5 Reasons You Shouldn't Use Landscape Fabric - Backyard Boss
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5 Reasons You Shouldn’t Use Landscape Fabric

While landscape fabric is beneficial when used as a row cover or beneath gravel gardens, it isn’t the best thing to secure to the ground of your garden beds. When applying to garden beds, the idea is that landscape fabric controls weeds, maintains soil moisture by reducing evaporation, and offers erosion control.

While it’s a quick fix, landscape fabric may cause more work for you in the future. With that said, there are a few other issues to keep in mind if you’re considering landscape fabric. Below, you’ll find five reasons you shouldn’t use landscape fabric for preventing weeds, as well as potential alternatives that may work better.

Discourages Beneficial Insects

Hands Holding Dirt with Earthworms
Image Credits: Sippakorn Yamkasikorn via Pexels

While landscaping fabric theoretically prevents weeds, it also deters beneficial bugs. The layer of fabric stops bugs from moving through the soil and breaking down organic matter. This will also cause the soil structure to deteriorate over time as the soil doesn’t receive any nutrients from organic matter.

Makes Reseeding Difficult

grass seeds
Image credits: Elena Elisseeva via Shutterstock

Since landscape fabric is meant to stop weed seeds from spreading, it also stops the seeds of desirable plants from spreading. This means you’ll have to cut holes in the fabric and plant exactly where you’d like to see growth. If you enjoy blooms popping up as seeds from previous years and gardens germinate, avoid using landscape fabric.

Hard to Remove

Strawberry seedlings grow in the garden, the ground is covered with geotextiles or landscape fabric
Image credits: iuliia_n via Shutterstock

Over time, the roots of perennials grow through the fabric. This means you will damage the root systems of desirable plants when you choose to remove the landscape fabric. Also, this will affect how easy it is to change the location of your plants, and add another step to dividing perennials.

Not to mention the fabric itself will degrade over time, which means it’s not permanent and needs removing or replacing eventually.

Won’t Always Stop Weeds

strawberry sprouts on a bed covered with agro fiber
Image credits: Alexander Sobol via Shutterstock

Landscape fabric should prevent weeds when it is initially installed, but over time weeds will make their way in. If you use mulch to cover the unsightly appearance of the fabric, the mulch will break down and turn into soil over time. Eventually, weeds will germinate in the soil and grow.

Weeds can also find their way into your garden beds through openings in the fabric and along the edge of the fabric. Once the root systems develop beneath the fabric, they can be a nightmare to remove. Usually, you’ll need to remove the landscape fabric in its entirety, which can also damage the plants you want to grow in your garden.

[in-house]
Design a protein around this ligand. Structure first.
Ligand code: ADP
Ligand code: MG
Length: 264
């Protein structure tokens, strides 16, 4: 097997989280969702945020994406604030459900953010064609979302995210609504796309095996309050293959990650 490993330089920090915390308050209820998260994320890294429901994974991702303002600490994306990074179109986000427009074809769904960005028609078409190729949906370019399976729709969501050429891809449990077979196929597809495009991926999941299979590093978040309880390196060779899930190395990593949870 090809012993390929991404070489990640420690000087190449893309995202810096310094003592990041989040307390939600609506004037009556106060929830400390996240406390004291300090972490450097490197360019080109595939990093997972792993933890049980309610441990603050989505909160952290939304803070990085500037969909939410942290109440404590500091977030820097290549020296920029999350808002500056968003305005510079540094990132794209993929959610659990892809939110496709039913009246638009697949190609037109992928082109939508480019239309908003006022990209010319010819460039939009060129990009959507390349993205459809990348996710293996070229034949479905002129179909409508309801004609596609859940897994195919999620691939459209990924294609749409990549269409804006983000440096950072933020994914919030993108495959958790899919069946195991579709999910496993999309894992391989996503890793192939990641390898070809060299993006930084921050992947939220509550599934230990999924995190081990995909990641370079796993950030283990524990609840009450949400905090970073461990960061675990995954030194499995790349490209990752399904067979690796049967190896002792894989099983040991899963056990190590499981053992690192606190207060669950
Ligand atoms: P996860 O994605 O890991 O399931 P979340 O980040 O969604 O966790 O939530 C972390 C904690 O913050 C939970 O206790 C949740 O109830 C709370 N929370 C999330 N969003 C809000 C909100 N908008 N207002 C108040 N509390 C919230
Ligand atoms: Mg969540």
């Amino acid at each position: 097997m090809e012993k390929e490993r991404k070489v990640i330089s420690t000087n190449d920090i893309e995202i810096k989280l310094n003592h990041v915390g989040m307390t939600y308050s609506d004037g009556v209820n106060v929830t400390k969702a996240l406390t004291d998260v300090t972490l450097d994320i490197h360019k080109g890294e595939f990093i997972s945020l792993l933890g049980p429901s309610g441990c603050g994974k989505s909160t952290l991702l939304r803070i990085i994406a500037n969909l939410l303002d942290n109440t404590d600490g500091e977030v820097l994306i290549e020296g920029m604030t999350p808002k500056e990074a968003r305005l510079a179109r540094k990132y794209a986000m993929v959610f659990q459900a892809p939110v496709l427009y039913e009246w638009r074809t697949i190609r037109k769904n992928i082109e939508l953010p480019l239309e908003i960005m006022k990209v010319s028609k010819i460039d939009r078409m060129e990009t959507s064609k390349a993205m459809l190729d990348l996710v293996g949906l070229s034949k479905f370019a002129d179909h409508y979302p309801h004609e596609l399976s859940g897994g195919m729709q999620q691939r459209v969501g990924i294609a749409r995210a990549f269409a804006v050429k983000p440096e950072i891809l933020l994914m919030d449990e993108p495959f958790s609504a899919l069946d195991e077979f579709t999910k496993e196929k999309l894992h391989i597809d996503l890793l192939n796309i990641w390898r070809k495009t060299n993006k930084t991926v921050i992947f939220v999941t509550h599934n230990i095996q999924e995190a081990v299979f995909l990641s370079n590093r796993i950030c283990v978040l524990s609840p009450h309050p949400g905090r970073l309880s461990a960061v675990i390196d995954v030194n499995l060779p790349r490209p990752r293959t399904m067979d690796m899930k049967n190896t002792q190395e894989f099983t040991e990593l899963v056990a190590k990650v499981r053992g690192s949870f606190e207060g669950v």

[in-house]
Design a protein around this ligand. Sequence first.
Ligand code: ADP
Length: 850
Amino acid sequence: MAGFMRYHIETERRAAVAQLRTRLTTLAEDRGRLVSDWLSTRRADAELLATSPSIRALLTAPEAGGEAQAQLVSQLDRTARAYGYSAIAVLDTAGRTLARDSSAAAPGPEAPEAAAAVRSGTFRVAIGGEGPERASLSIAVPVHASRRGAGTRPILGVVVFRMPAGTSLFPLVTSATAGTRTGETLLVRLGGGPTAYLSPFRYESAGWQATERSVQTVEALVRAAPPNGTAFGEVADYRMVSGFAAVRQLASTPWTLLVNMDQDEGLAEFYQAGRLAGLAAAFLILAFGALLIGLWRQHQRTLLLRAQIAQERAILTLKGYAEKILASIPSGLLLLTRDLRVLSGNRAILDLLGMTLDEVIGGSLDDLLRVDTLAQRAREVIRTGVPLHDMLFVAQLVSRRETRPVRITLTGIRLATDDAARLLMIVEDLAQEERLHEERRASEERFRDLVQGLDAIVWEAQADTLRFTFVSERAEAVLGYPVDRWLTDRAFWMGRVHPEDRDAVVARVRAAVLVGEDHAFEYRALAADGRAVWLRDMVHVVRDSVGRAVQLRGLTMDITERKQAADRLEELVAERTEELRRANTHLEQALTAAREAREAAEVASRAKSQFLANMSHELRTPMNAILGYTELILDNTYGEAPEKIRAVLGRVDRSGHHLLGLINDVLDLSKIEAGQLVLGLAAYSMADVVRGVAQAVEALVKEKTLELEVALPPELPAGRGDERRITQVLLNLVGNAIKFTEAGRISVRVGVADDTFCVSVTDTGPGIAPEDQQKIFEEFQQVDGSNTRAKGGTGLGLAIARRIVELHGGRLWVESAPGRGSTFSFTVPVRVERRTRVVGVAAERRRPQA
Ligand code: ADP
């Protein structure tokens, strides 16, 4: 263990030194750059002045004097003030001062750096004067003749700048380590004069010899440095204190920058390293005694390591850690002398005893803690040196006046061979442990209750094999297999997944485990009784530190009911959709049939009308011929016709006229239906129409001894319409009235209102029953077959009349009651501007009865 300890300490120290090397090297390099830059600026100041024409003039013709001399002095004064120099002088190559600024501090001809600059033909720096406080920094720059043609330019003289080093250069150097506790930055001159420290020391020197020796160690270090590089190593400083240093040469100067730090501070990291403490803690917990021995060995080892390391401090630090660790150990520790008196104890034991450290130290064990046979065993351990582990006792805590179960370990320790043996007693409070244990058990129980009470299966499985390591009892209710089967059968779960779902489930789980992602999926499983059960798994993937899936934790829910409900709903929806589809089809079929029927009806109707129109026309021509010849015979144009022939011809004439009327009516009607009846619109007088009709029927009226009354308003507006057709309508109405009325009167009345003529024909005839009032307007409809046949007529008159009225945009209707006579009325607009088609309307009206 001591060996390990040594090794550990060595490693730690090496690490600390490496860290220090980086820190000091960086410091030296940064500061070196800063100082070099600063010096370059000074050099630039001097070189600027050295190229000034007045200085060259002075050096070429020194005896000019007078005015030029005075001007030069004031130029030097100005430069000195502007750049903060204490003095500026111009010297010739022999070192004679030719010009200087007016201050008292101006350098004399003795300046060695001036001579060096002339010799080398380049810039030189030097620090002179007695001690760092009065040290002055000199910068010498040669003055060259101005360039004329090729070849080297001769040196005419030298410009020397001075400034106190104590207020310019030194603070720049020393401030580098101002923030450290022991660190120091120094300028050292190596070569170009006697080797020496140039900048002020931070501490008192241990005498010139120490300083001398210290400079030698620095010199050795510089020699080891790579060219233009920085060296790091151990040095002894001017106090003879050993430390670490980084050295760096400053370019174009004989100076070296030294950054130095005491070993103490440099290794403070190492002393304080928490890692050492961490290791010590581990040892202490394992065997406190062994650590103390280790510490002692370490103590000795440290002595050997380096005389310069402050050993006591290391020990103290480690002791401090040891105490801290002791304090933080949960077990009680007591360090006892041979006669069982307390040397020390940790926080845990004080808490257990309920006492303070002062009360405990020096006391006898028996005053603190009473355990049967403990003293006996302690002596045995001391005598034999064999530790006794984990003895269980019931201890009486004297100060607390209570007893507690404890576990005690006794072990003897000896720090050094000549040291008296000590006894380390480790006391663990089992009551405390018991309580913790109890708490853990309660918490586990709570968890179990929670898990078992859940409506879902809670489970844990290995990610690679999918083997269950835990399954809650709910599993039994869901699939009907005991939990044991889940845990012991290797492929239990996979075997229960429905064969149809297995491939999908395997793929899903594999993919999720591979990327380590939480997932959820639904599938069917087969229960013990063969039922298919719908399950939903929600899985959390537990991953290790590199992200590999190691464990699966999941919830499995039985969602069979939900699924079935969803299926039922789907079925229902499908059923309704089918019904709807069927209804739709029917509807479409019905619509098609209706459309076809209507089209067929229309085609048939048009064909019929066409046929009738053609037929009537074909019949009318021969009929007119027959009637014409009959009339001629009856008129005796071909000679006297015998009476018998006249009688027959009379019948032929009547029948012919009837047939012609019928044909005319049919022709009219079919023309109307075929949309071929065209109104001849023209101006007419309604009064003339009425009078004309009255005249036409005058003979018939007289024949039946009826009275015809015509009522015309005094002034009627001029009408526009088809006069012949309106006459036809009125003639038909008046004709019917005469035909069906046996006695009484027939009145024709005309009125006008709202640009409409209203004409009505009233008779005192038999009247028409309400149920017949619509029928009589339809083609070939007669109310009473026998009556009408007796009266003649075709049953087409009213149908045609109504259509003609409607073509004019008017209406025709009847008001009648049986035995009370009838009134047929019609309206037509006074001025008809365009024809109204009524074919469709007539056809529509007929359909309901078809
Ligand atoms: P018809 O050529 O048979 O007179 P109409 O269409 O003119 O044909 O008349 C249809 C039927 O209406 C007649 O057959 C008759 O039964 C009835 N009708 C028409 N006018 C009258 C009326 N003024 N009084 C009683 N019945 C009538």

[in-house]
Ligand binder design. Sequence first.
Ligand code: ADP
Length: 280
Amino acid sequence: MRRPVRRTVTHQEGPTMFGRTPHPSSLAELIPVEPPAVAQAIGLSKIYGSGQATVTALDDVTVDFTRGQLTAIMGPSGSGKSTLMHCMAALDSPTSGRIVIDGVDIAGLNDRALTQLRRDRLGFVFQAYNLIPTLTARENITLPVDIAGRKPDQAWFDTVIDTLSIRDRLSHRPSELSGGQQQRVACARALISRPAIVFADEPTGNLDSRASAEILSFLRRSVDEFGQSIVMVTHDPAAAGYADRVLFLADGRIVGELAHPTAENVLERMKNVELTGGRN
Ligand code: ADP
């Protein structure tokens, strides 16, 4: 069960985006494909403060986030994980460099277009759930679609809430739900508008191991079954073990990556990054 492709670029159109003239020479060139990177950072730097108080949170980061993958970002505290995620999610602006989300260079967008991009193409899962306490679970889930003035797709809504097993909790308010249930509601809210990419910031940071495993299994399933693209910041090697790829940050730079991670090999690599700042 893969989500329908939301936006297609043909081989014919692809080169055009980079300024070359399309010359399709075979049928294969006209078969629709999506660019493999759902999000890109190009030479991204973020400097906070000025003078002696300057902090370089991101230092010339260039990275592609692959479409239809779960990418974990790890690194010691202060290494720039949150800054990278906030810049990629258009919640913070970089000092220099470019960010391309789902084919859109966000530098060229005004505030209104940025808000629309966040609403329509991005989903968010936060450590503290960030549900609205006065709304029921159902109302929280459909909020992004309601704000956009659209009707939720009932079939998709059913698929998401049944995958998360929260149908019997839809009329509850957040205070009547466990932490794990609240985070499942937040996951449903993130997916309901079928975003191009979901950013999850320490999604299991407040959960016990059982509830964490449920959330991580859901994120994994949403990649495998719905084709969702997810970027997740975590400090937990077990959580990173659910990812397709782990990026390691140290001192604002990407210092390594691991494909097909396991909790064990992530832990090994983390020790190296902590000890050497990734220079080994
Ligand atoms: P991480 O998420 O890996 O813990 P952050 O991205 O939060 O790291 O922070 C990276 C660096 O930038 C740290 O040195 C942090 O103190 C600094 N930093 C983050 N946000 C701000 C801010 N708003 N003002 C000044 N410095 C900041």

Prevents Water From Reaching Roots

Urban gardening: Watering fresh vegetables and herbs on fruitful soil in the own garden, raised bed.
Image credits: Patrick Daxenbichler via Shutterstock

While landscape fabric is designed with pores that allow water and air to reach the soil, debris and dirt can eventually block those pores. This makes the fabric less permeable which is detrimental to plant health. This can slow the growth of the plants and even kill them. Landscape fabric will also prevent the nutrients from decomposed mulch or compost from getting into the soil.

Alternatives to Landscape Fabric

Covering young capsicum plants with straw mulch to protect from drying out quickly ant to control weed in the garden. Using mulch for weed control, water retention, to keep roots warm in the winter.
Image credits: KaliAntye via Shutterstock

If you’re interested in keeping weeds at bay without the negatives of landscape fabric, there are a number of options to choose from. They’ll block weed seeds from germinating while still being porous enough to allow water to reach the soil.

Mulch will give you all the perks of landscaping fabric without as many cons. While mulch will prevent seeds from germinating (even the desirable ones), it isn’t hard to remove, maintains soil moisture, and replace over time. Mulch will eventually degrade, adding nutrients to the soil. Of course, it also suppresses weed growth!

Use mulches such as newspaper, wood chips, or straw since they are organic and will break down over time. Use a layer around 3 inches think to provide insulation and maintain soil moisture.

You can also plant some sort of groundcover, such as sweet woodruff or wild ginger. Weeds will be unable to germinate because the plants will shade the soil. Groundcover acts similarly to mulch, insulating, maintaining moisture, and providing a habitat for beneficial bugs.

Pre-emergent herbicide will also prevent annual weeds by inhibiting germination. You can supplement with hand weeding and post-emergent herbicides as necessary.

While there is no permanent way to eliminate the need to weed, these options are excellent organic and low-maintenance alternatives to landscape fabric. Plus, landscape fabric is expensive, and these options are often more affordable.

To Use Or Not To Use

Despite what you may have heard, landscape fabric isn’t the best way to prevent weeds in your garden beds. While landscape fabric will initially fend off weed growth in your garden, it becomes difficult to maintain over time. It’s a great choice for gravel gardens or as a row cover, but you should opt for mulch or groundcover if you want to keep your garden weed-free.

Do you know any other beneficial uses for landscape fabric? Share in the comments below!